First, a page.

Most importantly,  it is one which I can easily transport to the farm for MKid's sake - we may be in an out of ordinary location for this our first Christmas on the farm, but that doesn't mean we can't have the normal trappings and traditional decorations.

This year, for RMan's sake and in memory of his late father who recently passed away, I have kept the conifer / evergreen theme.  But. I also like a bit of colour, so a couple of geranium flowers provided just what I needed.  Then a whimsical hint of Angel's Hair and I'm done.

We lit it last night, being the first Sunday in Advent.  And I like the wreath.  I also like being able to adapt each year to suit my whim.

Which one do you prefer?

But, for me, like so many others, Christmas is completely about celebrating birth, family time and continuing traditions.  It wouldn't be the same without them.  So, if I am able to maintain this particular tradition, whilst giving it a tweak now and then, what's the harm?  :)

Sunday 27 November 2011

Eco-friendly cooling

RMan spent the entire time at the farm last weekend preparing for the hot weather of summer.  I have previously mentioned that we took some recycled balustrades to the farm - for our front porch.  This is what we still have at our town house...
Recycled balustrades
... and I have other plans for that LOL

So, whilst I painted the balustrades which we had installed on the porch a dark green colour to match our green power room door :)...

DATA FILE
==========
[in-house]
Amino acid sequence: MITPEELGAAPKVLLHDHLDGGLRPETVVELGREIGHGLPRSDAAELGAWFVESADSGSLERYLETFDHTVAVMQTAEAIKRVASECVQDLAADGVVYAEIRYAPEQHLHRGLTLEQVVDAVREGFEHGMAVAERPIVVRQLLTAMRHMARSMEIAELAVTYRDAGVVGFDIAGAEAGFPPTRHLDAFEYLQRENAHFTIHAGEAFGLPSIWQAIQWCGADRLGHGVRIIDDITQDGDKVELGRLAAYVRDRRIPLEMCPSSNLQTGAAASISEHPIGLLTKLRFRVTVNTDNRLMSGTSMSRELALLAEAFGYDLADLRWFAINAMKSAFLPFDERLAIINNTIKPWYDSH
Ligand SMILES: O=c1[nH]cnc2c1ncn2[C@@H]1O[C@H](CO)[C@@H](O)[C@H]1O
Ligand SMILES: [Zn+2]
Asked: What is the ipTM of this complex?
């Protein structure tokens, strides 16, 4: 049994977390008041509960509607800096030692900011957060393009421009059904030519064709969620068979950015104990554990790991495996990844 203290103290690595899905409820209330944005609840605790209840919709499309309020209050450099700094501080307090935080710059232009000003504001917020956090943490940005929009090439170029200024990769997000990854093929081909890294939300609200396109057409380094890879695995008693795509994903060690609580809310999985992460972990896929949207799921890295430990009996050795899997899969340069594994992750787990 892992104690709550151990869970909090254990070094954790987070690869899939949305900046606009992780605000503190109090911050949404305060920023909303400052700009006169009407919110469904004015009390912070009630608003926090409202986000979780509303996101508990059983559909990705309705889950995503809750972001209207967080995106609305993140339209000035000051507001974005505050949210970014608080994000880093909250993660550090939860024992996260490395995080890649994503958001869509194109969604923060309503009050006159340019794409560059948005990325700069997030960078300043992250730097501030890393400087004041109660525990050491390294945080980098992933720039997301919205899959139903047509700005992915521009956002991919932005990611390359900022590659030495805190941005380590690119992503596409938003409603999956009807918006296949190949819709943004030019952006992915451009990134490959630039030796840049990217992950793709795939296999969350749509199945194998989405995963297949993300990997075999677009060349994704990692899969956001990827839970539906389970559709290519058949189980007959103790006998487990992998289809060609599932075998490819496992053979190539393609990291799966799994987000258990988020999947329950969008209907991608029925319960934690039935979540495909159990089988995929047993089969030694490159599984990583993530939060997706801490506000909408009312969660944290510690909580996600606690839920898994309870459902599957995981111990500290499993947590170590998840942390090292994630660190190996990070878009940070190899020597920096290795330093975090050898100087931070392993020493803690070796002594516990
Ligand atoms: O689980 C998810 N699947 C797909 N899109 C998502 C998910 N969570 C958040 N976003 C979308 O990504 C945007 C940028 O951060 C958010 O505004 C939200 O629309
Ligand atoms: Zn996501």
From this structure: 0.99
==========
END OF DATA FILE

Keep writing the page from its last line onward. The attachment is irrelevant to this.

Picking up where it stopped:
... RMan got busy with organising some  shade...
Butterfly clips
He spied these at Builders Warehouse - Butterfly Clips.  I didn't have a clue what he wanted to do with them, but we both have our ideas on how we are making our farm comfortable for everyone, so I patiently waited for the plan to be unveiled :)

RMan attached an eye bolt to the walls of the house...
Wall mounting method
... and another eye bolt with threaded rod and a nut to the poles he had installed on the patio
Pole mounting method
Then he strung some stainless steel cable (recycled from the balustrades) between the eye bolts and spent many long, laborious hours installing each butterfly clip, one at a time, onto some Alnet Cooltone shade fabric we had purchased from their factory shop, and to the cable until we had this...

Butterfly clips on recycled stainless steel cable
Taa Da!  We have shade for the upcoming hot summer months.  And RMan has made it retractable - a very basic method, but it works!  Clever RMan! That means we'll still be able to enjoy sunshine on the patio in the cooler winter months :)
Finished product looking in (and please note
the beautiful newly painted balustrade - painted